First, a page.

To the citizens of Hackett,
Over the last six years my department and I have worked hard to provide you with the best service possible. Part of that service has been our continued support and great working relationship with the Hackett School District. As a town with only one full time officer, myself, this often presents challenges but we have made it work. The reserve officers on the department do a tremendous job contributing to the safety of our town and providing security at football games or other school functions, while also working their own full-time jobs during the day. As many of you know, a large portion of my time is spent at the school responding to various calls and providing security, periodic walk throughs, traffic control, etc. We also have a great working relationship with the Sebastian County Sheriff’s Office and other agencies who’s K9 Officers assist with drug sweeps randomly during the school year.
Throughout these six years I’ve witnessed this community support both law enforcement and the school district faithfully. As your police chief, I come to you, the citizens of Hackett, with a concern that is weighing heavy on my heart.
On or around May 9, I found out by accident that the Hackett School District has decided to arm various teachers, faculty, and administrators for the next school year. This decision was made without any input from the Hackett police department, city officials, or any other surrounding law enforcement agencies. While I respect the District’s decision-making authority, to not include local law enforcement in a decision of this magnitude is concerning to say the least. For the reasons outlined below, I oppose the decision to arm our teachers.
- The District intends to arm several teachers, faculty, and administration. For security reasons, I will not disclose the exact number, but I can say the number is in the double digits. The introduction of multiple lethal weapons on campus drastically increases the chances of a child coming into contact with a weapon.
- The teachers will attend minimal training. It is my understanding that the armed teachers will undergo a short sixty-hour training course. Full-time law enforcement officers complete a minimum of 480 hours of training through the Arkansas Law Enforcement Training Academy. Reserve officers complete a minimum of 110 hours of training. These are the trained professionals we need responding to incidents at the school.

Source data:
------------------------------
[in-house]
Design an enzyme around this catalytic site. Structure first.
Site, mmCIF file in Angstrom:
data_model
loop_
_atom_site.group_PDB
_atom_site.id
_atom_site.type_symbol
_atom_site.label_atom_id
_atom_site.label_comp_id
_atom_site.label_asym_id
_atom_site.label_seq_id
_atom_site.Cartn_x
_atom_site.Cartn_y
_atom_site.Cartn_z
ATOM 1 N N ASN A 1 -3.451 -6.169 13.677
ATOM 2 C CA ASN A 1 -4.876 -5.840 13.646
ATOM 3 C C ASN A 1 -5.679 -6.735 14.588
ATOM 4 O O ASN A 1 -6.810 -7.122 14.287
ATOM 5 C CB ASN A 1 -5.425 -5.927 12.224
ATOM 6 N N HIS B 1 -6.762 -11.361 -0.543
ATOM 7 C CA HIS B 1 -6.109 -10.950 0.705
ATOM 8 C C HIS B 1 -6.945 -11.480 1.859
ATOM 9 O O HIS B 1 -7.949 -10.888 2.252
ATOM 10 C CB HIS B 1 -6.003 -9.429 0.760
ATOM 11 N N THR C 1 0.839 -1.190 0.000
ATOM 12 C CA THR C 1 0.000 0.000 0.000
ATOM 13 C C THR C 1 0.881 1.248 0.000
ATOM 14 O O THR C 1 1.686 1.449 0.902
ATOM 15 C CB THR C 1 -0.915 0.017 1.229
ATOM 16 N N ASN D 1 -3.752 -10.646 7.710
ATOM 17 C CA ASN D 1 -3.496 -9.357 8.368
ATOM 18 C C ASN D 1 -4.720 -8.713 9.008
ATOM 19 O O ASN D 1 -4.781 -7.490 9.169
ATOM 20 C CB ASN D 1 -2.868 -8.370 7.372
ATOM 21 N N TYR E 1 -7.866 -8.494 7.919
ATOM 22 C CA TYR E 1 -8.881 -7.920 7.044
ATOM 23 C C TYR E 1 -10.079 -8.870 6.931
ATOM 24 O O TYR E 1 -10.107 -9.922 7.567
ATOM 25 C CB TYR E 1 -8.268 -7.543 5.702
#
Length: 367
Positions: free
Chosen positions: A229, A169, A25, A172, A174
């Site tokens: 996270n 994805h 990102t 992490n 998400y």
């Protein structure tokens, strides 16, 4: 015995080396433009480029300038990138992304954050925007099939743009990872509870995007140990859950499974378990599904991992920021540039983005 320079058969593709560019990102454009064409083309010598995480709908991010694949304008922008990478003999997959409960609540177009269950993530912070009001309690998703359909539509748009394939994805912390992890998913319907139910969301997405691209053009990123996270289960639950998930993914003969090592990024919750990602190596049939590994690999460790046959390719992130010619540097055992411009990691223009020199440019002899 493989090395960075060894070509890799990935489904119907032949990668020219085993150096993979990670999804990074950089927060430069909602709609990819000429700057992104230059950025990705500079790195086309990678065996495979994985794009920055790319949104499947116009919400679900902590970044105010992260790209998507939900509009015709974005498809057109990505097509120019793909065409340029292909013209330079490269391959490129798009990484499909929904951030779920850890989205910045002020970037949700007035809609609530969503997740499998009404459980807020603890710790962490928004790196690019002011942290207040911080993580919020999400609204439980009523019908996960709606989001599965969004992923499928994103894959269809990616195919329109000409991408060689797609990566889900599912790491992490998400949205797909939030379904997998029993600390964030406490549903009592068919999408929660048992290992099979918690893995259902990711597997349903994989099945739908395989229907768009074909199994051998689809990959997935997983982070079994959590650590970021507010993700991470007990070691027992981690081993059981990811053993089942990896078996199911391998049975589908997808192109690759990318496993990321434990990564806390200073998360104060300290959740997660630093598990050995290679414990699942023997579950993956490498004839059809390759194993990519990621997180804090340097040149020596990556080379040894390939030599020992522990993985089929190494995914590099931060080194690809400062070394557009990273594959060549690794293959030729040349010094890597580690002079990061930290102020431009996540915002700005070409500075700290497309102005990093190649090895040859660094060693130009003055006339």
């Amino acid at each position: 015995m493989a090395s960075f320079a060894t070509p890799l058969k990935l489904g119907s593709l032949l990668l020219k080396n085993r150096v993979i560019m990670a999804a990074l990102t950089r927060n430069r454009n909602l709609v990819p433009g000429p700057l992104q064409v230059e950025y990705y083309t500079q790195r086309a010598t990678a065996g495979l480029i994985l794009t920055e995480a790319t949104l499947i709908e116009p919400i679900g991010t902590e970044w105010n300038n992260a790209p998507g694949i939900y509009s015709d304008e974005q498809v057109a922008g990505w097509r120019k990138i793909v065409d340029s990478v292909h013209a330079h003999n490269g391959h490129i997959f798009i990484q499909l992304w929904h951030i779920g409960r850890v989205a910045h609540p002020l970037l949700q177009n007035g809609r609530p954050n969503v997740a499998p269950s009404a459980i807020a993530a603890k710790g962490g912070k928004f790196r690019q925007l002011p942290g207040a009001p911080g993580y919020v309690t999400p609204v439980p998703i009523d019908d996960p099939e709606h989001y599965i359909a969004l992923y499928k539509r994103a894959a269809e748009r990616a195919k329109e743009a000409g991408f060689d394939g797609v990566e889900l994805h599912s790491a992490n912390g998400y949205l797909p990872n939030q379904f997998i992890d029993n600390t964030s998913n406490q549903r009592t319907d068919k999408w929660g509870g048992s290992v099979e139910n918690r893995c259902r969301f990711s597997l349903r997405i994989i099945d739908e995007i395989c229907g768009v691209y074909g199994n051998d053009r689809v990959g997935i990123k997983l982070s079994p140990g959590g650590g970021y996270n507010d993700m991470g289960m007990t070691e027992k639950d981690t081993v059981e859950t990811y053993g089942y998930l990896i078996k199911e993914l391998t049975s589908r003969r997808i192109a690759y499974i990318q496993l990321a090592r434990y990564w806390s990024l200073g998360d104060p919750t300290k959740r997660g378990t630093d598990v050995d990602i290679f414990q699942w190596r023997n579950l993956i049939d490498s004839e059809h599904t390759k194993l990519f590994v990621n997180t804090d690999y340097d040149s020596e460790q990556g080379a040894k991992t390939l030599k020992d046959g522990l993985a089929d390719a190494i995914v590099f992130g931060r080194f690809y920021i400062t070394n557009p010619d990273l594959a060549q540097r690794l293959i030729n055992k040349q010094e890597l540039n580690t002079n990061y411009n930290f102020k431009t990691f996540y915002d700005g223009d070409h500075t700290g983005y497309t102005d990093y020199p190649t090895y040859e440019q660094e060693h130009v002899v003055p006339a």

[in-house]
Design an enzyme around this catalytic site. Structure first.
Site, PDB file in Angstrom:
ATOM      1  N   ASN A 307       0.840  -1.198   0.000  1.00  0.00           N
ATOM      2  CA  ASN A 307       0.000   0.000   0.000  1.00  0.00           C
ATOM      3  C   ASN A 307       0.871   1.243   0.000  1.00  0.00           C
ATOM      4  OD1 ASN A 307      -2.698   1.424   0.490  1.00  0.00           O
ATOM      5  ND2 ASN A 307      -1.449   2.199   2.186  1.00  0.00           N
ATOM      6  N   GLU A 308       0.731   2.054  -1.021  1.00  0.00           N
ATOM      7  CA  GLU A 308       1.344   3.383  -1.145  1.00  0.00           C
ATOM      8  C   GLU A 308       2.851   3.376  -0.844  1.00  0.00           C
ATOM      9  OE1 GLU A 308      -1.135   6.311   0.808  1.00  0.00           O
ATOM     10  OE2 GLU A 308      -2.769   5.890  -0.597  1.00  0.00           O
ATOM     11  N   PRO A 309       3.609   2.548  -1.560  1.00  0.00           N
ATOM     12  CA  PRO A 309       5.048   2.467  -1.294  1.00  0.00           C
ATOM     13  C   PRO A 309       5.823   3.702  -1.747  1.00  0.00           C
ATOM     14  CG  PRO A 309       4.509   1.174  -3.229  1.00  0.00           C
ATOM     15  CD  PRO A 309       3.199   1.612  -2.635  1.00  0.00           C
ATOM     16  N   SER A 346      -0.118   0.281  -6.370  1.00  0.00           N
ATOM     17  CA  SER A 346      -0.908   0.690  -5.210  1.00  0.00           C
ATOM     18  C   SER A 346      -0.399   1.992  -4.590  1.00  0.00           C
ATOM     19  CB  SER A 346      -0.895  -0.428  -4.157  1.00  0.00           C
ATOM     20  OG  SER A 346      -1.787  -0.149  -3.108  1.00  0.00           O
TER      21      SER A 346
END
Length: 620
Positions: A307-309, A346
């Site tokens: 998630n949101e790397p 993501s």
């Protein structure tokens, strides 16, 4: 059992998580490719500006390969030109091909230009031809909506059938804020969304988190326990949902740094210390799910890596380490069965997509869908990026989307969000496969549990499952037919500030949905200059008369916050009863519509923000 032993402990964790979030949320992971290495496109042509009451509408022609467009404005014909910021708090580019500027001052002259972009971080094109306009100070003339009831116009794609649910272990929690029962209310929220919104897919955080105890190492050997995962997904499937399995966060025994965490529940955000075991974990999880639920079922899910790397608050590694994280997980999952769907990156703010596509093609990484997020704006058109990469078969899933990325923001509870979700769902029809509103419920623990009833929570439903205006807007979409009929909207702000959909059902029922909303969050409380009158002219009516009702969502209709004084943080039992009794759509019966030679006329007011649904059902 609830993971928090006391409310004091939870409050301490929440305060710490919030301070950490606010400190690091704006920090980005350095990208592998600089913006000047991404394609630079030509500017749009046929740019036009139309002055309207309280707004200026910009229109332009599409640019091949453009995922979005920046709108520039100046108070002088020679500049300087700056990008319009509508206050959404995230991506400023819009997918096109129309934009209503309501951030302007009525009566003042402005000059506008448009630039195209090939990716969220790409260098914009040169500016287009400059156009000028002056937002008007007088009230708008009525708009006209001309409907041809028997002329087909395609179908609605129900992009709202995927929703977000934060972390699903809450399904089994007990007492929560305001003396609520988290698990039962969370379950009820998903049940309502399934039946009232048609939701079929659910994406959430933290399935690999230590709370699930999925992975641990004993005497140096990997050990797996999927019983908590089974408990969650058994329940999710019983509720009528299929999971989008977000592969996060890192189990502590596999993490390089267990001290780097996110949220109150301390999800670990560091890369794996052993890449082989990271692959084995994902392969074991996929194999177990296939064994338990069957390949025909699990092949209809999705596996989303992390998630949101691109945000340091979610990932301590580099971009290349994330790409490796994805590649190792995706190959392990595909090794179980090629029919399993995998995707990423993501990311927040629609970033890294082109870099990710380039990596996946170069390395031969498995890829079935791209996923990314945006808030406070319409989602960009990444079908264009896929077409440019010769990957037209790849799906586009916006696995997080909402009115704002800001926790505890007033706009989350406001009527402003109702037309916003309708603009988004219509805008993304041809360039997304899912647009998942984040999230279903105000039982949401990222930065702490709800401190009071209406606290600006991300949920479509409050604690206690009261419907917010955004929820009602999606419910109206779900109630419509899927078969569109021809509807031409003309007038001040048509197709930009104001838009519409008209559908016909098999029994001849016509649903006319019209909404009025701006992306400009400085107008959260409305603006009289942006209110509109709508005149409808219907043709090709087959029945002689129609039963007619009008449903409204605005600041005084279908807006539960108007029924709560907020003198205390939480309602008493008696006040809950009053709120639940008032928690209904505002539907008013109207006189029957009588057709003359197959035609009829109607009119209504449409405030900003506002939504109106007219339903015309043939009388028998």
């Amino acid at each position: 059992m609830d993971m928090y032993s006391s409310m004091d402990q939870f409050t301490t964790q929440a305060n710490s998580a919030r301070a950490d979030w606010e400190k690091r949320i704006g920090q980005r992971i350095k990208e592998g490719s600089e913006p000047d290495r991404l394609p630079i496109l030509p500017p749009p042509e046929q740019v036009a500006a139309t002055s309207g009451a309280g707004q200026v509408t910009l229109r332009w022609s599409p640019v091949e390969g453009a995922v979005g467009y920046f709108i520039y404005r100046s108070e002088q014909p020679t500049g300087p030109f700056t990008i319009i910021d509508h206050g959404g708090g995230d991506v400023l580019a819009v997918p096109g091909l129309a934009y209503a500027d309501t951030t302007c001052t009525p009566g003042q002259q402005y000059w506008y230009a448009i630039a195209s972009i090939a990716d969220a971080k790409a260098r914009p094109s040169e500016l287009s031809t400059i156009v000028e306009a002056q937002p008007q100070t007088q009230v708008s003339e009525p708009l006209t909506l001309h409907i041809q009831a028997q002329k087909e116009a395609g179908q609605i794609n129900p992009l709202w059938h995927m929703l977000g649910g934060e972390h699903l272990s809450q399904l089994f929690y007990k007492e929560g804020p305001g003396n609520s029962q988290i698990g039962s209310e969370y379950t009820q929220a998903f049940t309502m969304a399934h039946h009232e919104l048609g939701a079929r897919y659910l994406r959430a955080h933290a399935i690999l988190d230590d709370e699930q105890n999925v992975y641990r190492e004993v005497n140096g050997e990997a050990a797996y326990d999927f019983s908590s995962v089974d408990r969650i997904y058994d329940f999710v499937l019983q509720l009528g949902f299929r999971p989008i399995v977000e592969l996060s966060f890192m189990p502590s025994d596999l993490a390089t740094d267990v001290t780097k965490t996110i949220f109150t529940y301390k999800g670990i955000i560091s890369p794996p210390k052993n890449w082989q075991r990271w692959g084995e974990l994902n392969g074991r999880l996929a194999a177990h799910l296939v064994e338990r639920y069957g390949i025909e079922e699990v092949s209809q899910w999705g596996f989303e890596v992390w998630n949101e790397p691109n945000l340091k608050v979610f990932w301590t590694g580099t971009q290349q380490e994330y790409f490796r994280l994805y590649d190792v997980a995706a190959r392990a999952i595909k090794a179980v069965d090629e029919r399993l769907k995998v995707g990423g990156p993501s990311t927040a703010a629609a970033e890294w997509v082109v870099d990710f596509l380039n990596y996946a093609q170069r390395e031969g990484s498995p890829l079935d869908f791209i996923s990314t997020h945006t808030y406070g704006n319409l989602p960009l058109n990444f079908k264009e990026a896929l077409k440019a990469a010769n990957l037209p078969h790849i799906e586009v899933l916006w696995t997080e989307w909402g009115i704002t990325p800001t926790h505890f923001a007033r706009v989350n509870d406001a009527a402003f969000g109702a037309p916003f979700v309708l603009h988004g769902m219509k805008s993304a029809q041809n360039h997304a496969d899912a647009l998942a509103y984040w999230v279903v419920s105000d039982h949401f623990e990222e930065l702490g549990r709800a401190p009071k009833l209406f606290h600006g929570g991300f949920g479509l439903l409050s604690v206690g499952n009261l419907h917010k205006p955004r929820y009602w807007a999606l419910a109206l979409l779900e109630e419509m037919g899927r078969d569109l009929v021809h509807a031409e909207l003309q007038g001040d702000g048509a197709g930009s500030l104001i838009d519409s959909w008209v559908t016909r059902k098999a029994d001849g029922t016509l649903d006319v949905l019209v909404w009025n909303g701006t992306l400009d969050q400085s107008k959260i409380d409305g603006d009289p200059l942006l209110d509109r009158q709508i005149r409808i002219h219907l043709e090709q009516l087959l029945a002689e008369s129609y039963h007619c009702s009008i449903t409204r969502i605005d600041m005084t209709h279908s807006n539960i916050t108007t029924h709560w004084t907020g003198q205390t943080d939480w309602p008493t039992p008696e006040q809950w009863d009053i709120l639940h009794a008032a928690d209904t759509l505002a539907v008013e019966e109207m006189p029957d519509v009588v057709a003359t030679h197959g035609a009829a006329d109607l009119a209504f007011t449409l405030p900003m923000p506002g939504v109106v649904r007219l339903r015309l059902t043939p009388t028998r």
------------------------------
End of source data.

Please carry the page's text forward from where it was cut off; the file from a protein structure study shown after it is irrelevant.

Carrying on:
- Increased potential of a friendly fire incident. Should an active shooter event occur, response will come from multiple agencies, most of whom will not be familiar with school staff or know which of them are supposed to be armed.
- Teachers do not need the weight of this responsibility. I honestly believe we have the best teachers in the state. Knowing that any day you may have to take a life of a stranger – or quite possibly a student you have personally taught and have seen grow up – is a heavy and emotional burden to bear. While I understand that this was done on a volunteer basis, to even ask our teachers to take on this responsibility adds a stressful and mental burden many did not expect to be taking on when they entered the teaching profession.
- Lack of communication. Over the last few days I have spent time reaching out to Mayor Harper, fellow officers, chiefs, and other members of the judicial system for feedback. All expressed concern and even shock that such a drastic decision was made and that it was made without any consultation from local law enforcement. All echoed my sentiment that safer, more effective options are out there.
- Mental health. As many of you know, this year has been a challenging year with regards to mental health issues at the school that we worked hard together to address. Together we brought in different areas of training including prevention, motivational speakers, and the creation of a mental health board to search for answers. Now introducing weapons into this environment creates even more risk and is a step backwards.
- Lack of support on a national level. Numerous education and law enforcement agencies across the country oppose arming teachers at school. Agencies such as the American Federation of Teachers, National Education Association, and the National Association of School Resource Officers.
I have personally spoken with both Superintendent Eddie Ray and School Board President Jackie Terrell. I explained to both of them that as Chief of Police of the city of Hackett, it is my duty to do what is best in regards to safety of the citizens of Hackett. Those citizens also include the children of Hackett. I cannot support this proposal due to risks it presents to the students, faculty, and fellow police officers of neighboring agencies. Our conversations were cordial but at this time the plan is still in place to arm teachers, faculty, and other school personnel.
I recommend that all parties come to the table to find a solution. I am willing to work with the school board, city council, Mayor, and whoever else is required to find a safer alternative to this proposal. It is my understanding that the training that is required is coming up in a couple of weeks. We still have time to come together and come up with a solution. My personal recommendation is some form of School Resource Officer. A School Resource Officer not only provides security, but can develop positive relationships with students.
It’s my hope that we can come together and find a safer solution.
Chief Darrell Spells
Hackett Police Department
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